Besides, earthworms which have set up homes in these contaminated soil, may be feeding on these drugs, specifically on trimethoprim. This is an area of concern because these humble earthworms are strategic members of nature's food chain, as they are the prime food source of many larger organisms. Some of the adverse effects of these antibiotics in the exposed creatures are -
• Changes in feeding pattern
• Changes in mating behaviors
• Antibiotic resistance build-up
It may interest the reader to know that pharmaceuticals are but the tip of the 'chemical' iceberg. In terms of concentration, they represent just a fraction of all the man-made chemicals that permeate our ambiance. Ranging from pesticides, industrial effluents, and home -care products to a wide assortment of personal - care products, these chemicals have infiltrated into every nook and crevice of our lives.
Often the argument in favor of these drugs is that they seep into the environment in negligible measures. But what must be etched in our minds is the fact that these pharmaceutical compounds are designed to bring about the desired effect, even in small quantities.
Wastewater treatment often falls short of doing the needful when it comes to breaking down chemicals. For example, estrogenic compounds such as B-ethinylestradiol are eliminated in the form of sulfate conjugates and glucuronide. Bacteria that occur in the processed wastewater cleave these conjugate groups to bring back to life the parent compound.
Pharmaceutical drugs and their metabolites, meander their way from homes, health care units, farms and industries to sewage systems. It must also be kept in mind that pharmaceuticals or their metabolites may act in synchrony with a surfactant, a contaminant or with another drug.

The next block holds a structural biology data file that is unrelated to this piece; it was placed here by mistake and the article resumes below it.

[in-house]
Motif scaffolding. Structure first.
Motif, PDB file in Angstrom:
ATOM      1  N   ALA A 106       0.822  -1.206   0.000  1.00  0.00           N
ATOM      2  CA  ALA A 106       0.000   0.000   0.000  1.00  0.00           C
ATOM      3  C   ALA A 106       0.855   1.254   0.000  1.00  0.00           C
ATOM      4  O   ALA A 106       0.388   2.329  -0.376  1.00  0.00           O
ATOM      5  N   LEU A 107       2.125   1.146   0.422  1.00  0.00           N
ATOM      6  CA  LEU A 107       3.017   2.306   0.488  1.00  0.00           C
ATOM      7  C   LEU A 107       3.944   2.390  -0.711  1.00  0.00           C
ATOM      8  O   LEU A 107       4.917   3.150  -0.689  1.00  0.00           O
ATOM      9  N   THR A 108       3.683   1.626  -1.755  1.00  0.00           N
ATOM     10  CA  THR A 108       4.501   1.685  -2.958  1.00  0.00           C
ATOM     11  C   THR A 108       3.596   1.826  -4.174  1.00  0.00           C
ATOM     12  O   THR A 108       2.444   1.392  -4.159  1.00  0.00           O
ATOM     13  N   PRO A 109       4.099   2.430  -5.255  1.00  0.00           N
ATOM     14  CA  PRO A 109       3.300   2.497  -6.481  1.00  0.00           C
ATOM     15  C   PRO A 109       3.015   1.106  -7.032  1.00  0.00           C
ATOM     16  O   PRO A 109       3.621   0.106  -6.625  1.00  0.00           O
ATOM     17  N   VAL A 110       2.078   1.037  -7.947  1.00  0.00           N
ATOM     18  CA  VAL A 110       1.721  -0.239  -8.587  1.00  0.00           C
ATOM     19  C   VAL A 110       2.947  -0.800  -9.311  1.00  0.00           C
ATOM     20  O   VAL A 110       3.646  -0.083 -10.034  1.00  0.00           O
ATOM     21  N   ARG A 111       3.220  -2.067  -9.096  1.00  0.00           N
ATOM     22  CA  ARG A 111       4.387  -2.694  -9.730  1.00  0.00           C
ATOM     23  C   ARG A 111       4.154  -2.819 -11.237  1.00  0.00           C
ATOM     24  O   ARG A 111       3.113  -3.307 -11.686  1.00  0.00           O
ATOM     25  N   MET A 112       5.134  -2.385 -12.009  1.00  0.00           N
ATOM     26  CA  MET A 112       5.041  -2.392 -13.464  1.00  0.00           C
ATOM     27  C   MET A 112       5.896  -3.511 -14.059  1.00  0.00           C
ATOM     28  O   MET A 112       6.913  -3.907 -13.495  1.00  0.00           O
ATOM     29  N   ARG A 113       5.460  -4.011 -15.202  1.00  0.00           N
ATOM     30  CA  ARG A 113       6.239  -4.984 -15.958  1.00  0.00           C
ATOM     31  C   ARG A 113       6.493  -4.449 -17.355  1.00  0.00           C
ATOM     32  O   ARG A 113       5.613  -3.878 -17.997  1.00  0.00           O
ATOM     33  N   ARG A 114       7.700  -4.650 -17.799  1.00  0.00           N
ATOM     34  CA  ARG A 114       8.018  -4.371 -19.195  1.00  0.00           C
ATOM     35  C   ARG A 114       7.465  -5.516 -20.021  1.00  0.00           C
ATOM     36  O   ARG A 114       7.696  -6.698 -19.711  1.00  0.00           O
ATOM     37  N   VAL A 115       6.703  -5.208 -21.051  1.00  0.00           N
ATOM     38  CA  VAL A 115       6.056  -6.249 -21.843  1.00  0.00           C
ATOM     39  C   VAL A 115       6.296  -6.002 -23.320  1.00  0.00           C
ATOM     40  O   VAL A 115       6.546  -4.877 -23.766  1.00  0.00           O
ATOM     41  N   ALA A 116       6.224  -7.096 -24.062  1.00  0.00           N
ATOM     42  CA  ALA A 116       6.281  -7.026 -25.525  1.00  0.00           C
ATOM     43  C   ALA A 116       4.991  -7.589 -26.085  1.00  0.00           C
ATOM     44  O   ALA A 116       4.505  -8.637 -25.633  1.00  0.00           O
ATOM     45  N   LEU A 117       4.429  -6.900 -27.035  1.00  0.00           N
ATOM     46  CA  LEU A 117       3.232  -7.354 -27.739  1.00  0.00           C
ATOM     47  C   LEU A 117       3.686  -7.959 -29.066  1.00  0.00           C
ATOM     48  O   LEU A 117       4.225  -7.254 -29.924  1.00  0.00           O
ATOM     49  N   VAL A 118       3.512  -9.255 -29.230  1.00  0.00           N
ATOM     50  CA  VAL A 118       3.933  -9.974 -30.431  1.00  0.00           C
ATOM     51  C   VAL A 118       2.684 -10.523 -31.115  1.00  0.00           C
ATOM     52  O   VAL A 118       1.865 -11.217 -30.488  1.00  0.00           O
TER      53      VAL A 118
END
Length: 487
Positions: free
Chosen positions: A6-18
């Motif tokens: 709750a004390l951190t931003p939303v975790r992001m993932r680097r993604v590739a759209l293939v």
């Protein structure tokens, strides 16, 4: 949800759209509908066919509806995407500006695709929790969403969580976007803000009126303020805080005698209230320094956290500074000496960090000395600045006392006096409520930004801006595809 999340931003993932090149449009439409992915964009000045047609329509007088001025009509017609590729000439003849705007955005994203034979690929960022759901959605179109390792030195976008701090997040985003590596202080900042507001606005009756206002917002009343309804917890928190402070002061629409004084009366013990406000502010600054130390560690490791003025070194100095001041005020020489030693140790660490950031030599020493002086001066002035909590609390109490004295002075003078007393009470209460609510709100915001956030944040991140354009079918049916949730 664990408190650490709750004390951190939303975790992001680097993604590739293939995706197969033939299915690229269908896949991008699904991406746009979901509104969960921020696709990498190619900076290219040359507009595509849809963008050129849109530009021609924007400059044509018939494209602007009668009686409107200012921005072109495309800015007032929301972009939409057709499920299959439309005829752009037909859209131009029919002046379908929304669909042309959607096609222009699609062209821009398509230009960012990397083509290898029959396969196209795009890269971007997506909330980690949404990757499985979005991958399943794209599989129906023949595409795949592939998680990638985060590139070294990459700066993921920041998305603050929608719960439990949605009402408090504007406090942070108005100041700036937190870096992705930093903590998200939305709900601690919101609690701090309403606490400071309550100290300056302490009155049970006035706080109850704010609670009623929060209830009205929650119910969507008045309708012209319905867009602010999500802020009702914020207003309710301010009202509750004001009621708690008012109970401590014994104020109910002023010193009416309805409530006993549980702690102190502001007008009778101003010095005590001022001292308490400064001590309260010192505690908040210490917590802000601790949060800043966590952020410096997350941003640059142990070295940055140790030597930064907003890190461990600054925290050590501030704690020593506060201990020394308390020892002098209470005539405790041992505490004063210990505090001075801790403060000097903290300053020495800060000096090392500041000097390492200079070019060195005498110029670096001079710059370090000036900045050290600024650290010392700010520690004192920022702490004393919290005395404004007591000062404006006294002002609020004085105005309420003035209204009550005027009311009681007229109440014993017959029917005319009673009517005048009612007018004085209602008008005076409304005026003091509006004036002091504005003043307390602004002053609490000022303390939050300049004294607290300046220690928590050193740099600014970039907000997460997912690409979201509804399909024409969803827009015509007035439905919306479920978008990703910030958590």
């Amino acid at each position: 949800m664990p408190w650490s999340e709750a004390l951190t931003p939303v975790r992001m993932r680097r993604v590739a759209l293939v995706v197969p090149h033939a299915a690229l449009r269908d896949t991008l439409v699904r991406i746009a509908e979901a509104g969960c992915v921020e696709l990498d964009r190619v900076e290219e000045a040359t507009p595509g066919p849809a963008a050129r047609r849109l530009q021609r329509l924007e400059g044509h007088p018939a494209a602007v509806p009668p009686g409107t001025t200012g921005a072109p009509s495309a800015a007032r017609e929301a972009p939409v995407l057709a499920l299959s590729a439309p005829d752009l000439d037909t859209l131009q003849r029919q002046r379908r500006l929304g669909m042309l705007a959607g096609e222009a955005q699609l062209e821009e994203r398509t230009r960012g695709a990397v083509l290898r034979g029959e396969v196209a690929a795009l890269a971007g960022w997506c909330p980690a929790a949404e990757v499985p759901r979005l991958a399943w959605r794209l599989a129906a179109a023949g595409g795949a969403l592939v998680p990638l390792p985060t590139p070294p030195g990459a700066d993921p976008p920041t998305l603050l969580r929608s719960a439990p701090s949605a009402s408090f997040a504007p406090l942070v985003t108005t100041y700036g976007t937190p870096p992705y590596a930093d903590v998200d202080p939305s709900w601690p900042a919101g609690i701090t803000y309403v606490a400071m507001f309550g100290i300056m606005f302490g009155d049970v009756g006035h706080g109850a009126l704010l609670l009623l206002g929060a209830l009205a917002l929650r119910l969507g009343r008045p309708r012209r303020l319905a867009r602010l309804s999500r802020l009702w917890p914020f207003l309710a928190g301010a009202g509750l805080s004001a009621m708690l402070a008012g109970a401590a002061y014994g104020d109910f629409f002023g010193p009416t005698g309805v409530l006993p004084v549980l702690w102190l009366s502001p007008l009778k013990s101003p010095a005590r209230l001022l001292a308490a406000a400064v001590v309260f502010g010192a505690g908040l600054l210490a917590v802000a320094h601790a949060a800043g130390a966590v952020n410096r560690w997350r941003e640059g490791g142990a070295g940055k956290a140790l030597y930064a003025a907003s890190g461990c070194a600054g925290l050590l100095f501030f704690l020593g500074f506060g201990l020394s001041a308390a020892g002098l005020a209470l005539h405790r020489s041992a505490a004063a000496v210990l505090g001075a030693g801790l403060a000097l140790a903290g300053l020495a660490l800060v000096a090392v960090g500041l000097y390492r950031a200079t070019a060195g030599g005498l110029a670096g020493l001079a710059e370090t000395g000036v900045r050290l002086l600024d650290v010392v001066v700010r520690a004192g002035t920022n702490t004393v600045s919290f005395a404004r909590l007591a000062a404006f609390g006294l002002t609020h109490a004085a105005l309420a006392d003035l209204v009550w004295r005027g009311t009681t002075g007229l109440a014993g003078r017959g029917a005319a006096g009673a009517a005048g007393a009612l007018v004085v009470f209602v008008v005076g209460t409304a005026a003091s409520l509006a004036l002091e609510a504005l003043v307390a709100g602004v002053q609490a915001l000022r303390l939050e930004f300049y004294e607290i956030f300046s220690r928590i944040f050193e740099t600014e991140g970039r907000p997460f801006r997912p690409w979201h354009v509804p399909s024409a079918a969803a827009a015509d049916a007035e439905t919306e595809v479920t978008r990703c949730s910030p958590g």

The main concentration of scientific analysis is the parent compound, while the metabolites of these drugs are conveniently shown the blind eye. It must be noted that there are instances when the latter are more toxic than the former.
Are these drugs harmful to humans? Studies say 'no'!
This is because the concentration of these drugs that reach drinking water is far too negligible, according to western reports.
In the developed countries wastewater treatment is fairly efficient. But can the same be said of the poorer countries? Treatment plants were built a long time ago and they were not designed to eliminate synthetic material from sewage waters. Hence, advanced wastewater treatment facilities need to be installed wherever required, although some may disagree.
FDA demands pharmaceuticals to undergo an evaluation for environmental risks before they enter the market. Short- term tests are performed on both terrestrial and aquatic organisms, but they do not evaluate the cumulative effect or the long- term effect of these compounds.
There is a need to 'take back' unused and expired drugs in a community -facilitated way. Drugs thus collected may be disposed off by methods such as incineration.
The fish episode may just be the beginning of the end if wise counsel fails to prevail. Pharmaceuticals may be capable of effects that no one can ever dream of. It therefore becomes important to set limits to the measure of drugs that we could be exposed to. More research is required towards this end to prevent a pile up of toxins in the environment.
Let us not fail in our intent or in our action to make this world a better place!
DR. REEJA THARU/L